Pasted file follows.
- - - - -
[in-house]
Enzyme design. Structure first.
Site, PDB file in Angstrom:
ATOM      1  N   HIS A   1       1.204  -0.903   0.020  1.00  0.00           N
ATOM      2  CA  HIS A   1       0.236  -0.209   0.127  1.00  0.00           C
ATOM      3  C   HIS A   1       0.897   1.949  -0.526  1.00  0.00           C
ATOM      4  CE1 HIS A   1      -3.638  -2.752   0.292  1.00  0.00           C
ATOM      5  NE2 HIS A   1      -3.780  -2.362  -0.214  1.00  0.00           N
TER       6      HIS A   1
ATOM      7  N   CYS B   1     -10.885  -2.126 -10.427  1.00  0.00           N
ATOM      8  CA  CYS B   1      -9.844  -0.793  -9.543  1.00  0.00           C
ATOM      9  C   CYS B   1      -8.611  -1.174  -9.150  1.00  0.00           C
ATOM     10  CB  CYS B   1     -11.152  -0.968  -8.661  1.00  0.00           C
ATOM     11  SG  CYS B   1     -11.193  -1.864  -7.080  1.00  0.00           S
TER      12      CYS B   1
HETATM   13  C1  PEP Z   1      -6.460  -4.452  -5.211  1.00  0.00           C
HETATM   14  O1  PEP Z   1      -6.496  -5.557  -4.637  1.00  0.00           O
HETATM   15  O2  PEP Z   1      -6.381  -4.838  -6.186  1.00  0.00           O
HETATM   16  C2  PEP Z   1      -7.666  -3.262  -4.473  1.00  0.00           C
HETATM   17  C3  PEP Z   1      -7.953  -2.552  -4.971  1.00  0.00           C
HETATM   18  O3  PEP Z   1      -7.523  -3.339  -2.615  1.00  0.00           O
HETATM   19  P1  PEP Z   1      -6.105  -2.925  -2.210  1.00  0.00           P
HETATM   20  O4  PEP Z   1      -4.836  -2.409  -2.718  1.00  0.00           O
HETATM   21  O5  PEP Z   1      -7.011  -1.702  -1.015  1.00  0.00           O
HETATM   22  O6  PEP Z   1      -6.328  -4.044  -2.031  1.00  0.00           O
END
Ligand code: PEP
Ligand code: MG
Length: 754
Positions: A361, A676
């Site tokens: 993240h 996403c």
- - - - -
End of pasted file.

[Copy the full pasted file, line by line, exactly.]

[in-house]
Enzyme design. Structure first.
Site, PDB file in Angstrom:
ATOM      1  N   HIS A   1       1.204  -0.903   0.020  1.00  0.00           N
ATOM      2  CA  HIS A   1       0.236  -0.209   0.127  1.00  0.00           C
ATOM      3  C   HIS A   1       0.897   1.949  -0.526  1.00  0.00           C
ATOM      4  CE1 HIS A   1      -3.638  -2.752   0.292  1.00  0.00           C
ATOM      5  NE2 HIS A   1      -3.780  -2.362  -0.214  1.00  0.00           N
TER       6      HIS A   1
ATOM      7  N   CYS B   1     -10.885  -2.126 -10.427  1.00  0.00           N
ATOM      8  CA  CYS B   1      -9.844  -0.793  -9.543  1.00  0.00           C
ATOM      9  C   CYS B   1      -8.611  -1.174  -9.150  1.00  0.00           C
ATOM     10  CB  CYS B   1     -11.152  -0.968  -8.661  1.00  0.00           C
ATOM     11  SG  CYS B   1     -11.193  -1.864  -7.080  1.00  0.00           S
TER      12      CYS B   1
HETATM   13  C1  PEP Z   1      -6.460  -4.452  -5.211  1.00  0.00           C
HETATM   14  O1  PEP Z   1      -6.496  -5.557  -4.637  1.00  0.00           O
HETATM   15  O2  PEP Z   1      -6.381  -4.838  -6.186  1.00  0.00           O
HETATM   16  C2  PEP Z   1      -7.666  -3.262  -4.473  1.00  0.00           C
HETATM   17  C3  PEP Z   1      -7.953  -2.552  -4.971  1.00  0.00           C
HETATM   18  O3  PEP Z   1      -7.523  -3.339  -2.615  1.00  0.00           O
HETATM   19  P1  PEP Z   1      -6.105  -2.925  -2.210  1.00  0.00           P
HETATM   20  O4  PEP Z   1      -4.836  -2.409  -2.718  1.00  0.00           O
HETATM   21  O5  PEP Z   1      -7.011  -1.702  -1.015  1.00  0.00           O
HETATM   22  O6  PEP Z   1      -6.328  -4.044  -2.031  1.00  0.00           O
END
Ligand code: PEP
Ligand code: MG
Length: 754
Positions: A361, A676
């Site tokens: 993240h 996403c």